Bob Le Flambeur - Bob The High Roller

"Possibly, I will sue the police for damages." Bob

"Possibly, I will sue the police for damages." Bob


☆☆☆☆☆ Masterpiece

Bob Le Flambeur (1956) is a deceptively simple crime drama that revolutionized film making.

Directed by Jean-Pierre Melville.

Starring Roger Duchesne, Isabelle Corey, Daniel Cauchy among many others.

Melville's Bob Le Flambeur inspired and started the entire French New Wave of film makers. Study this film and you will see all the film elements that are now standard in modern films.

When I first viewed Bob, I was not all that impressed with Bob to be honest. It was just so simple and straight forward to my modern eyes. That is until I looked at the date it was made (1955). When watching a film you have to pay attention to when it was made, so you can compare it to other films made during that era and afterwards. When I'm watching an older film like Bob, I'm looking at it with a set of unspoken guidelines that modern films of my era have instilled in me. Thus, when I see a picture like Bob which was made before I was born, I see the beginning of the unspoken guidelines that modern film makers have instilled in me as audience member. Some of Bob's landmark film making techniques used today are: Bob was filmed using a hand held camera (Steven Soderbergh), uses gritty out door scenes(Martin Scorsese), violence away from camera(Alfred Hitchcock), existential ending (Paul Thomas Anderson), etc... With Melville's, Bob, you see all of these modern guidelines that film makers now use on their audiences.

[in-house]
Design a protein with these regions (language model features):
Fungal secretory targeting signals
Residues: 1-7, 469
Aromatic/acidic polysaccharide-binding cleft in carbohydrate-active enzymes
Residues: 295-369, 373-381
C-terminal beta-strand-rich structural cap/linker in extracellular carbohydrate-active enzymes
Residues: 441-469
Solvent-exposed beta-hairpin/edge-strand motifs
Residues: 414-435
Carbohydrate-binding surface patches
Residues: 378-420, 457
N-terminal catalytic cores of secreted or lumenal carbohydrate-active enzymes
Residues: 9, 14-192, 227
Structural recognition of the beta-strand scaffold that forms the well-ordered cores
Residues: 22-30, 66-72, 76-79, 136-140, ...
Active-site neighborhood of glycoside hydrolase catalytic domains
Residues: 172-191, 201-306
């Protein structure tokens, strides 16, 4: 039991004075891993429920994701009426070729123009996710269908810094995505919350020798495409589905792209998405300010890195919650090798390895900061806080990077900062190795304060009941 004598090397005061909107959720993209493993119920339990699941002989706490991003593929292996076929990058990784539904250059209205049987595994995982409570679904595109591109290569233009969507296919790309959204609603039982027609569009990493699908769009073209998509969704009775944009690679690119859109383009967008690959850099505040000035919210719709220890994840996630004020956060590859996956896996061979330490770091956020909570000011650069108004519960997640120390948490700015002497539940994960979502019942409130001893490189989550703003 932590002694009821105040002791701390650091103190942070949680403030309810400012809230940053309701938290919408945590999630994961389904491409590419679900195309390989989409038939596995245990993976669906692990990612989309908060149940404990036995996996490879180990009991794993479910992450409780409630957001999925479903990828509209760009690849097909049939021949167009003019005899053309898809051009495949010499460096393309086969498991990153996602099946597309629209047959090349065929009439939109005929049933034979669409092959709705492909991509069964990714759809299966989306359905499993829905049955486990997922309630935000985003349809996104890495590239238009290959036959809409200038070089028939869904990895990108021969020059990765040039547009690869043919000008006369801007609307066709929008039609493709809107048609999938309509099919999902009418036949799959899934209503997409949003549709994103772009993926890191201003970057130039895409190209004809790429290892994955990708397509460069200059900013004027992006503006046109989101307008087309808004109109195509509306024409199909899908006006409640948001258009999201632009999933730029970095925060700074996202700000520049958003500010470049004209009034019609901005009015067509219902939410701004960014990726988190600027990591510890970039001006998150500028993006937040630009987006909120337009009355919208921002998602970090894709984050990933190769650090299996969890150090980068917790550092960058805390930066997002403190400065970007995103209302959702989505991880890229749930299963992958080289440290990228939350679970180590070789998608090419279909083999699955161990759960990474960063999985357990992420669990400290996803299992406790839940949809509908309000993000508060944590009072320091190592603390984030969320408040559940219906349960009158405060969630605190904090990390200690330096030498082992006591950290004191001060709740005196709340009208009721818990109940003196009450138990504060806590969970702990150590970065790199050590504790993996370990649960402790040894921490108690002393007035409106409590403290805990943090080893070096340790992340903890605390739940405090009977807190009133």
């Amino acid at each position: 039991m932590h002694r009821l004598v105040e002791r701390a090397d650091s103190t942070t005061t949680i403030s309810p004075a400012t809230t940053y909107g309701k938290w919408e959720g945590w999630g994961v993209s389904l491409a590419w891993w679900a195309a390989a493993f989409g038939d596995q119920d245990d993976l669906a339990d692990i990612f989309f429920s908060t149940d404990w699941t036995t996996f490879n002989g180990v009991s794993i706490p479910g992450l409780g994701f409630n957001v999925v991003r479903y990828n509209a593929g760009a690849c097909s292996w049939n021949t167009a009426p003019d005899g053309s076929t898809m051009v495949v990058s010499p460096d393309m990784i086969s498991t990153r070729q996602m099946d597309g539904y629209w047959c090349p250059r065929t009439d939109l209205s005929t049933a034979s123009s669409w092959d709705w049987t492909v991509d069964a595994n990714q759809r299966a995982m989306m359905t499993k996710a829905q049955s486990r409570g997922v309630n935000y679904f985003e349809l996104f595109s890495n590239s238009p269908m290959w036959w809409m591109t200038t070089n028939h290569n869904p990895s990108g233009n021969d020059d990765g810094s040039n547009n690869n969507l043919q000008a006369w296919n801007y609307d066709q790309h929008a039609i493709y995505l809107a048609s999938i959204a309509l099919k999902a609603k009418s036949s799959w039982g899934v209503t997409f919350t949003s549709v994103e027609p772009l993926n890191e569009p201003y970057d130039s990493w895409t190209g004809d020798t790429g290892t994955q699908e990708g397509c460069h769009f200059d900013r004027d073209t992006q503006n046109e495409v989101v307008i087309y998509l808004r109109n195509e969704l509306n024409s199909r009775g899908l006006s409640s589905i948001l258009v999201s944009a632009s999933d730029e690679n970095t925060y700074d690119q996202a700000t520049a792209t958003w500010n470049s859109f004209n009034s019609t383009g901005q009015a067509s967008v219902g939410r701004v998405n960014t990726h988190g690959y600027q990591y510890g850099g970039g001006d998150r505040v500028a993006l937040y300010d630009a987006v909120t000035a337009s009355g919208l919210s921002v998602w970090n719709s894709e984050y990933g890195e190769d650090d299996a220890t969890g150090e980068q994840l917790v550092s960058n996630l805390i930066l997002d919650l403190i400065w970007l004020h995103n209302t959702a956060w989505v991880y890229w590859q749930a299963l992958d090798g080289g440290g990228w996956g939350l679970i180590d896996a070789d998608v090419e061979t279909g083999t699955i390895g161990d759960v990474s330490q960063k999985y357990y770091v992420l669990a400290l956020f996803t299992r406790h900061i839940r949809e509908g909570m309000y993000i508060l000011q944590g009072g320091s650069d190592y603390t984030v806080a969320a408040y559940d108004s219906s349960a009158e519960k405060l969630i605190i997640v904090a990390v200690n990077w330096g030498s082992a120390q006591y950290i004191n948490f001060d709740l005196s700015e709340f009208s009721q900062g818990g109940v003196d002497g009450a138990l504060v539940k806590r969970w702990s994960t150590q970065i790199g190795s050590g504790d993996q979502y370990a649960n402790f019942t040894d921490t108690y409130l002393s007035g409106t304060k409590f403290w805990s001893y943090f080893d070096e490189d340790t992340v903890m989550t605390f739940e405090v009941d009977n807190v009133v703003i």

The whole point of Bob is that a man (a criminal in this case) has to have a set of values, morals and ethics that he has to follow zealously to be respected by all men and women. It is such a simple character trait, but it makes Bob into a hero instead of the petty criminal. Bob's criminal and gambling traits drive and motivate every minute of his existence. The slot machine in his closet is played by him even after a losing night of gambling.

In the scene below, Bob played to perfection by Roger Duchesne and the sexy, seductive flower girl is Isabelle Corey. Isabelle steals almost every scene she is in throughout the film with her sensuality. Look at how she gazes at Roger. Corey layers an unfulfilled longing  into a simple nude scene in bed. Considering how strict the film codes were at that time I was surprised that these provocative and suggestive nudes scenes were kept in the original cut of the movie.

Anyways, I'm trying to understand why a flower scene occurs twice in this film. Bunuel gave this type of director hint to his audience in Belle De Jour - Beauty Of The Day (1967). Melville is saying something secretly to his audience. I will need to watch several more of Melville's films to see if he uses flowers again. A great movie to watch with an ending that is really amazing which ensures it will play on forever.



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Trivia - Melville auditioned and rejected Alain Delon for Paolo, fearing he would steal the film.



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